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No. 25: Jan-Feb 1983

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Anomalons Are Lazy Or Fat

No, an "anomalon" is not an animal unknown to science.

"Anomalon" is the name that has been given to unusual fragments that are created in high-energy collisions of atomic nuclei. The fragments are peculiar because they appear not to travel as far as expected in the special "nuclear" emulsion used to study the interactions of high-energy nuclei from heavy-ion accelerators or in cosmic rays. This suggests that the anomalons are either much larger than conventional nuclei, and are more likely to interact in the emulsion and therefore do not travel so far, or are some unusually long-lived form of matter, lasting for around 1011 seconds or more."

One thought is that anomalons may be constructed of two triplets of quarks. These sextets are called "demon deuterons." Another hypothesis has small nuclei bound loosely together -- they don't say by what. The whole thing is up in the air, or should we say in the emulsion?

(Sutton, Christine; "Anomalon Data Continue to Baffle Physicists," New Scientist, 96:160, 1982.)

Comment. One thing is sure, nuclear physicists have a lot of fun naming their newly found particles.

From Science Frontiers #25, JAN-FEB 1983. 1983-2000 William R. Corliss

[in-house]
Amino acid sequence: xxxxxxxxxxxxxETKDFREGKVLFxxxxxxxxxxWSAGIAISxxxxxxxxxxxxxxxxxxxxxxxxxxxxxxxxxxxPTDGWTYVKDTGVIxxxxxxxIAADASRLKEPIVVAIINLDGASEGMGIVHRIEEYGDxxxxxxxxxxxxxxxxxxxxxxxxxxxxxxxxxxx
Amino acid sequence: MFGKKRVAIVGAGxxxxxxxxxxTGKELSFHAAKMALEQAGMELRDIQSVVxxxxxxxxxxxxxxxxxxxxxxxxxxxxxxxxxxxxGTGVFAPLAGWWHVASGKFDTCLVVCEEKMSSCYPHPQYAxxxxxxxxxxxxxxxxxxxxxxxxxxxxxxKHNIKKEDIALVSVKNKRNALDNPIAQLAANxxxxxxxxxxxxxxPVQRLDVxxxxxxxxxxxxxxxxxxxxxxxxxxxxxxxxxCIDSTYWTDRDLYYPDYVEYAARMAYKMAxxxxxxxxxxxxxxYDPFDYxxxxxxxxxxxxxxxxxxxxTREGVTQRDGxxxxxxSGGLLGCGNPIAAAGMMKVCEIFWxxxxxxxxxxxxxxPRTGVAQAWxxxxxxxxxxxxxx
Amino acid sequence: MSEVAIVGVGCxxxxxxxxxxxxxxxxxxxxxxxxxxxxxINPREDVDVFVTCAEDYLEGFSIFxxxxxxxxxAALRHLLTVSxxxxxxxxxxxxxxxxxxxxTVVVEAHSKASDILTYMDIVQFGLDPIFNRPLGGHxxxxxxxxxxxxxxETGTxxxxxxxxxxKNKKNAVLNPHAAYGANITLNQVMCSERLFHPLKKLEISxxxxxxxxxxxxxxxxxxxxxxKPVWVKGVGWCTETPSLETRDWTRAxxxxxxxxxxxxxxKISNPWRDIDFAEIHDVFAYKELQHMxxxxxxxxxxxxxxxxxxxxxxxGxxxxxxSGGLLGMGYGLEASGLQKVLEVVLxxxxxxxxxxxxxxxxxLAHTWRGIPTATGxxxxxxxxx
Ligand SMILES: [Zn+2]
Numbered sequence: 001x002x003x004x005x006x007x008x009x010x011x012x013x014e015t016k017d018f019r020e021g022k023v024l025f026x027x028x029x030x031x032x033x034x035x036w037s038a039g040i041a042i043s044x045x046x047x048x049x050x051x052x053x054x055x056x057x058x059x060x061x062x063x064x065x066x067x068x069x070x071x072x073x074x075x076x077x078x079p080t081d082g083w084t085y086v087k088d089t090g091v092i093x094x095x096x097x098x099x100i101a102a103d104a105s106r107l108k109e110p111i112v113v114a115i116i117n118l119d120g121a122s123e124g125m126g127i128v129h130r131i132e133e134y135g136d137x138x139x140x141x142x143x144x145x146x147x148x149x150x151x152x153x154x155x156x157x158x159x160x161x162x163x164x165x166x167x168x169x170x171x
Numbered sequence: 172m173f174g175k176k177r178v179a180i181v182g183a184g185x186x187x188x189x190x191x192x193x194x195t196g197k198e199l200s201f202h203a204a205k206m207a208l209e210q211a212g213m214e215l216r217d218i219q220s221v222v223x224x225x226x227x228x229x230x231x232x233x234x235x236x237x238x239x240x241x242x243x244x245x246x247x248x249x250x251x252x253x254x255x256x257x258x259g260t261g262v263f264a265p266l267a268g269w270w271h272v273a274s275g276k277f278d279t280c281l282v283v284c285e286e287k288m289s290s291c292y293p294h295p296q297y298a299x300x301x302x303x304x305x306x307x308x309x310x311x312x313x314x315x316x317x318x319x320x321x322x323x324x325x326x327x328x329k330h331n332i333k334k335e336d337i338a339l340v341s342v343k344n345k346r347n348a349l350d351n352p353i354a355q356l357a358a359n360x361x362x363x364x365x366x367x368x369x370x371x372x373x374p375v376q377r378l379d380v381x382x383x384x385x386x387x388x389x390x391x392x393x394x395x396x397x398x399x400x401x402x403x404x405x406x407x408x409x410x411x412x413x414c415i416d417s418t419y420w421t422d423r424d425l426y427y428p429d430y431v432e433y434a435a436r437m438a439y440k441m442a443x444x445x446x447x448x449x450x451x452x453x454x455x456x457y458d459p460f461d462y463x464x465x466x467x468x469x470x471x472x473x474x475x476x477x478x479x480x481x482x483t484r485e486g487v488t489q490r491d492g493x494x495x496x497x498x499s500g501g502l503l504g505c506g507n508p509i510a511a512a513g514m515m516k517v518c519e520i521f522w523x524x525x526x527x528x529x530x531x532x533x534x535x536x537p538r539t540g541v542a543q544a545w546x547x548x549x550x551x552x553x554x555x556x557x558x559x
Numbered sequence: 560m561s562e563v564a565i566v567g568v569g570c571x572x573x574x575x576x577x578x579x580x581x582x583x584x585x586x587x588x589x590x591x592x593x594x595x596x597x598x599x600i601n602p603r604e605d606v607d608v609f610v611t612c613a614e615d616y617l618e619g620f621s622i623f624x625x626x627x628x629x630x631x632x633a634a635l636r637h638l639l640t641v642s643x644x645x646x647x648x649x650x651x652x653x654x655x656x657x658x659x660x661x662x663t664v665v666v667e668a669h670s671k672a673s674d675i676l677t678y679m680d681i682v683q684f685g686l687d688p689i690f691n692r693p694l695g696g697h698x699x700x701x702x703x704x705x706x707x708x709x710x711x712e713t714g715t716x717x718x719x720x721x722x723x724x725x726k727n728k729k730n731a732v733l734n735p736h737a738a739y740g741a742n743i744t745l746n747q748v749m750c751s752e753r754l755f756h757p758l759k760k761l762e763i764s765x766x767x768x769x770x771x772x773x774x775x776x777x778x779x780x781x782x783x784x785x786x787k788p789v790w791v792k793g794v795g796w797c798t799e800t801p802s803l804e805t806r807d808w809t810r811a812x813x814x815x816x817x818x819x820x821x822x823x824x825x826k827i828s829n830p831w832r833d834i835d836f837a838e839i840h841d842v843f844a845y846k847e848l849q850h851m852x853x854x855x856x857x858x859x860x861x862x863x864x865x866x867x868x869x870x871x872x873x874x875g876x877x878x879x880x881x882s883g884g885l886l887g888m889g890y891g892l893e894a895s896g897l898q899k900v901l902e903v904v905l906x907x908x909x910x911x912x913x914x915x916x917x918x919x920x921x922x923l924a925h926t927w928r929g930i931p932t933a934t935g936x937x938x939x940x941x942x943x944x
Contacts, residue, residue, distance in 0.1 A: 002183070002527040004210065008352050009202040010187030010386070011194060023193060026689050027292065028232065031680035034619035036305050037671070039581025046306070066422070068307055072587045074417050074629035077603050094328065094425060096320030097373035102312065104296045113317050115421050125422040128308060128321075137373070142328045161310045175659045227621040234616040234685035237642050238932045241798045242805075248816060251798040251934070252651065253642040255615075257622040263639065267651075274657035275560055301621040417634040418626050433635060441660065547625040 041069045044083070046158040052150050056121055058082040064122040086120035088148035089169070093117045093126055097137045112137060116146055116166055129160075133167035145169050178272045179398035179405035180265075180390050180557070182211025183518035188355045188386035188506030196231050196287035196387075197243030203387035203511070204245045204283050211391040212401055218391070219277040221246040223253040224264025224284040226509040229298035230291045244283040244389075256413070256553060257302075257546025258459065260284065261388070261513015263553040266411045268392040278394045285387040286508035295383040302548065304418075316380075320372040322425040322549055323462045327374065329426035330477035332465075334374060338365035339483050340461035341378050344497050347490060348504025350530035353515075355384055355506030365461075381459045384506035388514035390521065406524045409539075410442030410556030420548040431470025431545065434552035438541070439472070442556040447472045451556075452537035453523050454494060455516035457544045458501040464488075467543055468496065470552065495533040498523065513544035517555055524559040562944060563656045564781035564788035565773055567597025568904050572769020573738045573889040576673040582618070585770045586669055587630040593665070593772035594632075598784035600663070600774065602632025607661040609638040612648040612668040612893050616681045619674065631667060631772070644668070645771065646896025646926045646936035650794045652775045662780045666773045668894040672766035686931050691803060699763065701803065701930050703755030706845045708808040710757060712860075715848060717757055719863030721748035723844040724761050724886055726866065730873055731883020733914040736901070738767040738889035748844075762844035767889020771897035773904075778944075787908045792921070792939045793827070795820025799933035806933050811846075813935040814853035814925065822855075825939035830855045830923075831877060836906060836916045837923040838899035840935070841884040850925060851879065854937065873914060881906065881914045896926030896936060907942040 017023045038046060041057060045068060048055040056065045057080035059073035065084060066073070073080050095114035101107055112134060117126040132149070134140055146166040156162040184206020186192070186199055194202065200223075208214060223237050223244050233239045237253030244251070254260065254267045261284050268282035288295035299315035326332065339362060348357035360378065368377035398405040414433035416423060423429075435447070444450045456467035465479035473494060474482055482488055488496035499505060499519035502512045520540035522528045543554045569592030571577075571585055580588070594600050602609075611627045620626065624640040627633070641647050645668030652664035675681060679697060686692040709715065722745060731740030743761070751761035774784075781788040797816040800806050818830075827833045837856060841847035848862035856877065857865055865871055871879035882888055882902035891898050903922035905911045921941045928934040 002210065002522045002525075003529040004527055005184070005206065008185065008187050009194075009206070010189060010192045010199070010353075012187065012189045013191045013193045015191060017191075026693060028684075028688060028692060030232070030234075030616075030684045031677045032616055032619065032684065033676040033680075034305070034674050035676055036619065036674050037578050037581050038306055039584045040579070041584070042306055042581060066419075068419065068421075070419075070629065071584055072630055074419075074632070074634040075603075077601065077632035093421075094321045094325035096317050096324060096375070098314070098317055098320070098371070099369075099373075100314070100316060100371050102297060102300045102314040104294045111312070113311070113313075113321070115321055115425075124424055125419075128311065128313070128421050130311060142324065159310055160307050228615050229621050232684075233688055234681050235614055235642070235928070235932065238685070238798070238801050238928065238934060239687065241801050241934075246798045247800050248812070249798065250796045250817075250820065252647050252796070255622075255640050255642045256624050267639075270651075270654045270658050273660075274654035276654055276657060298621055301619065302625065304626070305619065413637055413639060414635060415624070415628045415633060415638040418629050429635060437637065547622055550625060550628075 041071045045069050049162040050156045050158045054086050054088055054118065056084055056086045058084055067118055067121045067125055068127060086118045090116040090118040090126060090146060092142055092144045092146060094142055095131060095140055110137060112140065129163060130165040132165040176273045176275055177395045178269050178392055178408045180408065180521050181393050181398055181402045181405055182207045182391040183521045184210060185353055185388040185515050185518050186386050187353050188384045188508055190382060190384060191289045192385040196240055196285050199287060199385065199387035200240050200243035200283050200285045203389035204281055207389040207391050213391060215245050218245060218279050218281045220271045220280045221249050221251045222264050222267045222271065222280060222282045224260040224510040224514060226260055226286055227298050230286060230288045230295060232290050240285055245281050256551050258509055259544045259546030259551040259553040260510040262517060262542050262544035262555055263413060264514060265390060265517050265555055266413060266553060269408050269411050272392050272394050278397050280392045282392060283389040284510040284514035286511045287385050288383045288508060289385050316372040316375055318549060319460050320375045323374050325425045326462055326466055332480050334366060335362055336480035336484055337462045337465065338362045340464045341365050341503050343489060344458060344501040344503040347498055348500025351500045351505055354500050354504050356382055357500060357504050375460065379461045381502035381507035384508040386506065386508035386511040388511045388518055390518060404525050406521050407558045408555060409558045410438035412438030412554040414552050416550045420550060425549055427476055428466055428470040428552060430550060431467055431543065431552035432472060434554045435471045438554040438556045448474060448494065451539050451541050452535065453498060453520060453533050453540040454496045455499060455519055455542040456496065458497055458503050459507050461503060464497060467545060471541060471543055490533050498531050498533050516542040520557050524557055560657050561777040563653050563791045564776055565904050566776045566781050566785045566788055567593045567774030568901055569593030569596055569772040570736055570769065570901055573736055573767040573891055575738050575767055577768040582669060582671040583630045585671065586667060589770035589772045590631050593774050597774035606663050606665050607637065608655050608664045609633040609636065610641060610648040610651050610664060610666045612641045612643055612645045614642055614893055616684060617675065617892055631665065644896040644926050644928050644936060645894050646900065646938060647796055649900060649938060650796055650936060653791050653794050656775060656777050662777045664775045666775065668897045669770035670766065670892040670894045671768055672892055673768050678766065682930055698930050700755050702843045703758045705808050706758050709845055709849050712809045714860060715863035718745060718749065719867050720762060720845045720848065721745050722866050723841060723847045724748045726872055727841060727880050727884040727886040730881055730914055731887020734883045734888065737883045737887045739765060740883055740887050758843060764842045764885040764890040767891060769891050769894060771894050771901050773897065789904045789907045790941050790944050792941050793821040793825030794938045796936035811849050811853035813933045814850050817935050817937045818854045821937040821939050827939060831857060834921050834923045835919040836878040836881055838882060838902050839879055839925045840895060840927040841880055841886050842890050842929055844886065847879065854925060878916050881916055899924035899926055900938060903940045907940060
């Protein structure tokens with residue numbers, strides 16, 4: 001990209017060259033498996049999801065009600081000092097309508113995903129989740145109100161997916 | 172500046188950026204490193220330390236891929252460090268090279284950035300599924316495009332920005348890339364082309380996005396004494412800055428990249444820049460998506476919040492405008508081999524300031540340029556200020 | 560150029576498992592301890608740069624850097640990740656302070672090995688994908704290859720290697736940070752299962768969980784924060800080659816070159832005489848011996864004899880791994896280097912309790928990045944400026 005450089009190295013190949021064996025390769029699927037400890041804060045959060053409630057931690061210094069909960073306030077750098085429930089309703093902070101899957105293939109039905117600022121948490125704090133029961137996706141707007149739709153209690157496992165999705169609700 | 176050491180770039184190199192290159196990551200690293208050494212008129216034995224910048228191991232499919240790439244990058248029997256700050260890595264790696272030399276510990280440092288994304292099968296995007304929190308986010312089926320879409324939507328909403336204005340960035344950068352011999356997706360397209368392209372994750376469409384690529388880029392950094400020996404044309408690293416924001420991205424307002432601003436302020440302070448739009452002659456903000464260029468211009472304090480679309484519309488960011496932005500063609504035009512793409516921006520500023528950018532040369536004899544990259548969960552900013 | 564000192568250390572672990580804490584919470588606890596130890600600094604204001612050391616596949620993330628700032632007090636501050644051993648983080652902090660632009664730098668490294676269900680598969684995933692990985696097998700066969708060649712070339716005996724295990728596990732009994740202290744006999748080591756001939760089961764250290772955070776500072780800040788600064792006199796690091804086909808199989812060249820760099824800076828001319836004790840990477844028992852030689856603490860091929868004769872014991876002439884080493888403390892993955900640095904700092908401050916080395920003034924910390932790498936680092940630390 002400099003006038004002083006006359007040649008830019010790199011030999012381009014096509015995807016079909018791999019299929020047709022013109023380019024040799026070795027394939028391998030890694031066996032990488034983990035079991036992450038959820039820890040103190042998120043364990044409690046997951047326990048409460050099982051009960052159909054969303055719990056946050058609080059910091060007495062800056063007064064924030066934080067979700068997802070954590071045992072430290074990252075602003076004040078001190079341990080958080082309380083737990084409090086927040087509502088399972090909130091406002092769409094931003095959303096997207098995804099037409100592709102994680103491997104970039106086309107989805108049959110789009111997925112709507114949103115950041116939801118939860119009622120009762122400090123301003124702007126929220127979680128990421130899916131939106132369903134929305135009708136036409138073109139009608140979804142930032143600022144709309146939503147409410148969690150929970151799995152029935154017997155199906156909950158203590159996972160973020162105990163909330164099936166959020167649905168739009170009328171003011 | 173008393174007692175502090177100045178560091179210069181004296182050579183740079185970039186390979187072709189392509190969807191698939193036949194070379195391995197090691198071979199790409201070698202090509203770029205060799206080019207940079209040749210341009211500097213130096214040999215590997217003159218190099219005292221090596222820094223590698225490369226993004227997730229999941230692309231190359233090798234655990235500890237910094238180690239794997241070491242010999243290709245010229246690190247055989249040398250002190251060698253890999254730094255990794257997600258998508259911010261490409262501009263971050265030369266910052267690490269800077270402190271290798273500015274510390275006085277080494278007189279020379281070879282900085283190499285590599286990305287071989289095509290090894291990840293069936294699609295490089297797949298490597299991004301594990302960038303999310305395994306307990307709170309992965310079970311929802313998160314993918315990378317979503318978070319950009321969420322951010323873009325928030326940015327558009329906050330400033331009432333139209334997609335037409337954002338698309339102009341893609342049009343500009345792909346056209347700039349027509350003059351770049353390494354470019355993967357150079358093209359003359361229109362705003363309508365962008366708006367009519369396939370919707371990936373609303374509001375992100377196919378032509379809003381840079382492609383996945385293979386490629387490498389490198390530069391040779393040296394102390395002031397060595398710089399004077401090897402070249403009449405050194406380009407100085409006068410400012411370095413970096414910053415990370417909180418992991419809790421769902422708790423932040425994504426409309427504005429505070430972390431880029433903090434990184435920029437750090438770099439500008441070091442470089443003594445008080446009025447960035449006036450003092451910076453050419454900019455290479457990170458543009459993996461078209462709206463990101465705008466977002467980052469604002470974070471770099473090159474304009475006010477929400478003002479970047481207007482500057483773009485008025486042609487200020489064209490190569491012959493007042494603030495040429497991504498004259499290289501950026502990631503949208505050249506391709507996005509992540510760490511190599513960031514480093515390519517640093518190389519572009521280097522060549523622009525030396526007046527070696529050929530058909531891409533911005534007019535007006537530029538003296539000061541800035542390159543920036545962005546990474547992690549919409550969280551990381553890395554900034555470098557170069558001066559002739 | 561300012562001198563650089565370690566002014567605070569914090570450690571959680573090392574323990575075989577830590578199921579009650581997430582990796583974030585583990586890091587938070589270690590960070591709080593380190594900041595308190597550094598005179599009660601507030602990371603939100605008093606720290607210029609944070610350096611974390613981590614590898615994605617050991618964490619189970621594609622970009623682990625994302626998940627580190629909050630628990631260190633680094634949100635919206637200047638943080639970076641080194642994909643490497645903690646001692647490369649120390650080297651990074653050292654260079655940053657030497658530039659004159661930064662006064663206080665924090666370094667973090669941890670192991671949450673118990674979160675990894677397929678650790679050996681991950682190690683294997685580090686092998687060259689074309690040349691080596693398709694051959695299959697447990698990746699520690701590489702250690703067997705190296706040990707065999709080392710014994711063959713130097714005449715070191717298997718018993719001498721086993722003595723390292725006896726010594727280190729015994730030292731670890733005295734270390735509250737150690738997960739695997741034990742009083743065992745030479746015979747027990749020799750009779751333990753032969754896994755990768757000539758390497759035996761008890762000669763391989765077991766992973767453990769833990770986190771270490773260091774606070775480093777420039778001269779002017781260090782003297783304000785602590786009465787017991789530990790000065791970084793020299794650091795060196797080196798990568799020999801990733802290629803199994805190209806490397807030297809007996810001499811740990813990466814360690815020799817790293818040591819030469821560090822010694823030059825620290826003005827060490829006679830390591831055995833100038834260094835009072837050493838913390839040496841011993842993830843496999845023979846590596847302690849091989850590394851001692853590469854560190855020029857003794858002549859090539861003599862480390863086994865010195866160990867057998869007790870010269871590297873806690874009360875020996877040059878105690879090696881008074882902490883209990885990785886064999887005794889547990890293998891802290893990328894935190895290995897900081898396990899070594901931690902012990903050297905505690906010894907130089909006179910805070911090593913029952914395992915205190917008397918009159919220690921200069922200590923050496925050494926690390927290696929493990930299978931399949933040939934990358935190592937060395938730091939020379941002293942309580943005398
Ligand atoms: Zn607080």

Science Frontiers Sourcebook Project Reviewed in:

Quotes

  • "A sourcebook of unexplained phenomena is therefore a valuable addition to a collection of scientific literature. William R. Corliss has provided this in the past with his source books of scientific anomalies in several subjects, and now he has provided it for astronomy. He has done an excellent job of collecting and editing a large amount of material, taken in part from scientific journals and in part from scientific reporting in the popular or semi-scientific press." -- "The Mysterious Universe: A Handbook of Astronomical Anomalies", reviwed by Thomas Gold, Cornell University, in Icarus, vol.41, 1980

  • "An interesting, systematic presentation of unusual weather [..] This book is recommended for a general audience" --"Corliss, William R., Tornados, Dark Days, Anomalous Precipitation, and Related Weather Phenomena, Sourcebook Project, 1983.", revieweed in Choice, September 1983
  • "..the science is necessarily somewhat speculative, but Corliss's symthesis is based on reputable sources." -- "Corliss, William R. (Compiler). Lightning, Auroras, Nocturnal Lights, and Related Luminous Phenomena" reviwed by Joseph M. Moran, Univ. of Wisconsin in Science Books and Films, Sep/Oct 1983

  • "Before opening the book, I set certain standards that a volume which treads into dangerous grounds grounds like this must meet. The author scrupulously met, or even exceeded those standards. Each phenomenon is exhaustively documented, with references to scientific journals [..] and extensive quotations" -- "Book Review: The moon and planets: a catalog of astronomical anomalies", The Sourcebook Project, 1985., Corliss, W. R., Journal of the Royal Astronomical Society of Canada, Vol. 81, no. 1 (1987), p. 24., 02/1987